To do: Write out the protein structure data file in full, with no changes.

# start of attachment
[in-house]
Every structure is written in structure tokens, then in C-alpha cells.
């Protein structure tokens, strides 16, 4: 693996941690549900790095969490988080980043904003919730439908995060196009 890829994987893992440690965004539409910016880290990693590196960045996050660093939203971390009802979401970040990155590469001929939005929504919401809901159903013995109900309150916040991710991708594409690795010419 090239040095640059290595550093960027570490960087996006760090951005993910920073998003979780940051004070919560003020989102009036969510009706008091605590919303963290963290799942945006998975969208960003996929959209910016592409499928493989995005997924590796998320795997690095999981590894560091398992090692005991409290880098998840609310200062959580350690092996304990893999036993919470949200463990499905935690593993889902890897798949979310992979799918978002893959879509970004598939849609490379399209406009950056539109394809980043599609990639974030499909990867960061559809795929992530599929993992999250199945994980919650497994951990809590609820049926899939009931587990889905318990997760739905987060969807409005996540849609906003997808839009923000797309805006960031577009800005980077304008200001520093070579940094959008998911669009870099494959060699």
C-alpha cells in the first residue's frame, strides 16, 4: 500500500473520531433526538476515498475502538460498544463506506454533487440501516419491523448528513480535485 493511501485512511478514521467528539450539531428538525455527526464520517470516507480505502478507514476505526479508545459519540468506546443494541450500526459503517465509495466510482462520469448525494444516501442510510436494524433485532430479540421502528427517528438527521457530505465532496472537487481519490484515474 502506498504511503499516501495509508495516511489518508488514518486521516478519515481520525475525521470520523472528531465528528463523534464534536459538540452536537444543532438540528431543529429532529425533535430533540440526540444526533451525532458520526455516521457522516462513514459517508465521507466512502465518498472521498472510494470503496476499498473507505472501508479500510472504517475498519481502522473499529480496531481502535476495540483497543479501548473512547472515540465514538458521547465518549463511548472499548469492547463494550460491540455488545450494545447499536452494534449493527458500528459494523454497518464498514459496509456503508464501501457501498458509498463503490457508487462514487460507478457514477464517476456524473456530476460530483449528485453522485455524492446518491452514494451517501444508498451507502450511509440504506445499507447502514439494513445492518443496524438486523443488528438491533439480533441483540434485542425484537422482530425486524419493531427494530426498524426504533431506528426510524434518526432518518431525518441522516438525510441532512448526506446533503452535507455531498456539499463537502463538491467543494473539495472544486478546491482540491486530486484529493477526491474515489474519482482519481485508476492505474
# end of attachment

[in-house]
Every structure is written in structure tokens, then in C-alpha cells.
């Protein structure tokens, strides 16, 4: 693996941690549900790095969490988080980043904003919730439908995060196009 890829994987893992440690965004539409910016880290990693590196960045996050660093939203971390009802979401970040990155590469001929939005929504919401809901159903013995109900309150916040991710991708594409690795010419 090239040095640059290595550093960027570490960087996006760090951005993910920073998003979780940051004070919560003020989102009036969510009706008091605590919303963290963290799942945006998975969208960003996929959209910016592409499928493989995005997924590796998320795997690095999981590894560091398992090692005991409290880098998840609310200062959580350690092996304990893999036993919470949200463990499905935690593993889902890897798949979310992979799918978002893959879509970004598939849609490379399209406009950056539109394809980043599609990639974030499909990867960061559809795929992530599929993992999250199945994980919650497994951990809590609820049926899939009931587990889905318990997760739905987060969807409005996540849609906003997808839009923000797309805006960031577009800005980077304008200001520093070579940094959008998911669009870099494959060699």
C-alpha cells in the first residue's frame, strides 16, 4: 500500500473520531433526538476515498475502538460498544463506506454533487440501516419491523448528513480535485 493511501485512511478514521467528539450539531428538525455527526464520517470516507480505502478507514476505526479508545459519540468506546443494541450500526459503517465509495466510482462520469448525494444516501442510510436494524433485532430479540421502528427517528438527521457530505465532496472537487481519490484515474 502506498504511503499516501495509508495516511489518508488514518486521516478519515481520525475525521470520523472528531465528528463523534464534536459538540452536537444543532438540528431543529429532529425533535430533540440526540444526533451525532458520526455516521457522516462513514459517508465521507466512502465518498472521498472510494470503496476499498473507505472501508479500510472504517475498519481502522473499529480496531481502535476495540483497543479501548473512547472515540465514538458521547465518549463511548472499548469492547463494550460491540455488545450494545447499536452494534449493527458500528459494523454497518464498514459496509456503508464501501457501498458509498463503490457508487462514487460507478457514477464517476456524473456530476460530483449528485453522485455524492446518491452514494451517501444508498451507502450511509440504506445499507447502514439494513445492518443496524438486523443488528438491533439480533441483540434485542425484537422482530425486524419493531427494530426498524426504533431506528426510524434518526432518518431525518441522516438525510441532512448526506446533503452535507455531498456539499463537502463538491467543494473539495472544486478546491482540491486530486484529493477526491474515489474519482482519481485508476492505474